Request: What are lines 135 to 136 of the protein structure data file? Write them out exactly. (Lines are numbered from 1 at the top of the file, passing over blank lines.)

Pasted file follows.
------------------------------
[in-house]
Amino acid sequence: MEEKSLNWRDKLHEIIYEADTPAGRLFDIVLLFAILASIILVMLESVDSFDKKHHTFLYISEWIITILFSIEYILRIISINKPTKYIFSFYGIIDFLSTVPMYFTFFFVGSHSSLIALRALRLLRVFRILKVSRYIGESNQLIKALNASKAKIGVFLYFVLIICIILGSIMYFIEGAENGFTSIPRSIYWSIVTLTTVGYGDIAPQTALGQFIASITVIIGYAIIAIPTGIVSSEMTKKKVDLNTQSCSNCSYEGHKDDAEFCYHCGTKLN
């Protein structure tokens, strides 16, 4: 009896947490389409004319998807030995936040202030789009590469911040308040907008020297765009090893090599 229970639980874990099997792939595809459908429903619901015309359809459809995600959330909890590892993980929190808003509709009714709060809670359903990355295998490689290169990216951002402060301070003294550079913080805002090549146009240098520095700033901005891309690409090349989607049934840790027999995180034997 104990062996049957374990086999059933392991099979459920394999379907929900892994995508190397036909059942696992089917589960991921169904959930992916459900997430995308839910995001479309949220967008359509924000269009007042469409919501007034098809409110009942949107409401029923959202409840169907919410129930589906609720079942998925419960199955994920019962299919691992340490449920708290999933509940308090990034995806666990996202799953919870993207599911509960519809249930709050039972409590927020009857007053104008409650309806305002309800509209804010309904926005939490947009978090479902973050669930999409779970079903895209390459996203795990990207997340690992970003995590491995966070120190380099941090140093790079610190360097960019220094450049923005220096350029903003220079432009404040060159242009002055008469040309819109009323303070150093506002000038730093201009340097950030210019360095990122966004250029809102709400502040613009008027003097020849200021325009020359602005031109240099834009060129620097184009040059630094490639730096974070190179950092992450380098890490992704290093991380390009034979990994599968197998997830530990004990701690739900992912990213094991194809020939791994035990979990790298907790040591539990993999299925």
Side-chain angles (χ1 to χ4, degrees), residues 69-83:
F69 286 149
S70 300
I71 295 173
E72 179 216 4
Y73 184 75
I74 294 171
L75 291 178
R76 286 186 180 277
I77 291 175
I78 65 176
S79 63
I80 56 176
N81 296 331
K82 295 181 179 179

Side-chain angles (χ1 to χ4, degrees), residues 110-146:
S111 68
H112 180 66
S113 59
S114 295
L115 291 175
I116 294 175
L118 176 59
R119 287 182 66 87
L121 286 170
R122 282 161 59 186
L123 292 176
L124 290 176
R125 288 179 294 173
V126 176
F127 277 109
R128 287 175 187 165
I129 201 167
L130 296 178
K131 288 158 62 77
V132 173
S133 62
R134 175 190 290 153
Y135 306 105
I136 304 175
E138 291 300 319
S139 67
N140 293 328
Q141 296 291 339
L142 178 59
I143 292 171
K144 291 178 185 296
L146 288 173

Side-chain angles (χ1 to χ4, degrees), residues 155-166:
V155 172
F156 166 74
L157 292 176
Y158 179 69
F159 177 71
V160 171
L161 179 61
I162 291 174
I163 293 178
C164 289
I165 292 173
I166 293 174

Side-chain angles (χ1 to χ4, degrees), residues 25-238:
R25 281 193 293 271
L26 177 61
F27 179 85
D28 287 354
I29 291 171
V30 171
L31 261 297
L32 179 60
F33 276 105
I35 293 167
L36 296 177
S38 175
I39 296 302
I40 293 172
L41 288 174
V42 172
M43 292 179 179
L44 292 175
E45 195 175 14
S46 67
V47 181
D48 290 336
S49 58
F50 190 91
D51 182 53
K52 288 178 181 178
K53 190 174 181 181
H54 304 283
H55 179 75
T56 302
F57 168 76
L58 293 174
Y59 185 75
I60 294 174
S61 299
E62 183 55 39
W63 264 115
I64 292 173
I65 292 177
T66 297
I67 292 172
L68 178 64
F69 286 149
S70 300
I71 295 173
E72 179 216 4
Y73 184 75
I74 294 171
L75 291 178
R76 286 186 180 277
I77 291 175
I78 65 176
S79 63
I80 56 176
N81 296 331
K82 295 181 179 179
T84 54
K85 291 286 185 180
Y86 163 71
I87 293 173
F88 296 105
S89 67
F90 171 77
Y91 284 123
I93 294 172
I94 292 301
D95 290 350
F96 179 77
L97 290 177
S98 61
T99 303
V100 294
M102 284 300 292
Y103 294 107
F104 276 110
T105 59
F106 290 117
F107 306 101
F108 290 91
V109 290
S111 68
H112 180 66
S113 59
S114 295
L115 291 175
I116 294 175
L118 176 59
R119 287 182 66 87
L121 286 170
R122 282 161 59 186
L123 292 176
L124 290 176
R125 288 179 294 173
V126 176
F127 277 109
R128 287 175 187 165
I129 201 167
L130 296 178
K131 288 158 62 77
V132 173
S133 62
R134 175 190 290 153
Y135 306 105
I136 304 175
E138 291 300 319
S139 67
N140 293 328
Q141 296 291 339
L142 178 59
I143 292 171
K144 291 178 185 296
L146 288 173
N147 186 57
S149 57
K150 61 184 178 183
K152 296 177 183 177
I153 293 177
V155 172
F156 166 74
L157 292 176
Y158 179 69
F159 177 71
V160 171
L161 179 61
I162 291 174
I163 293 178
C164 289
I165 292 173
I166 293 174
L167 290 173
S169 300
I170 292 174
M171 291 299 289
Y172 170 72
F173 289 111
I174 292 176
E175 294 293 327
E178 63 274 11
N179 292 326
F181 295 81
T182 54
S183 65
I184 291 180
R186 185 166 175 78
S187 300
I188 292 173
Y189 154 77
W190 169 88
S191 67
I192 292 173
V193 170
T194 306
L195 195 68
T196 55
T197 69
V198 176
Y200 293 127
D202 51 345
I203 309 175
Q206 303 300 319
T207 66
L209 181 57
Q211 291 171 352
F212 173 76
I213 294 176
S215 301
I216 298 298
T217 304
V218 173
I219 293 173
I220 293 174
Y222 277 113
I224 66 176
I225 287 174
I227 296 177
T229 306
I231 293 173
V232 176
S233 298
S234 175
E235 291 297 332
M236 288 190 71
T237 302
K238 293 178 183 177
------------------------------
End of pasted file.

S98 61
T99 303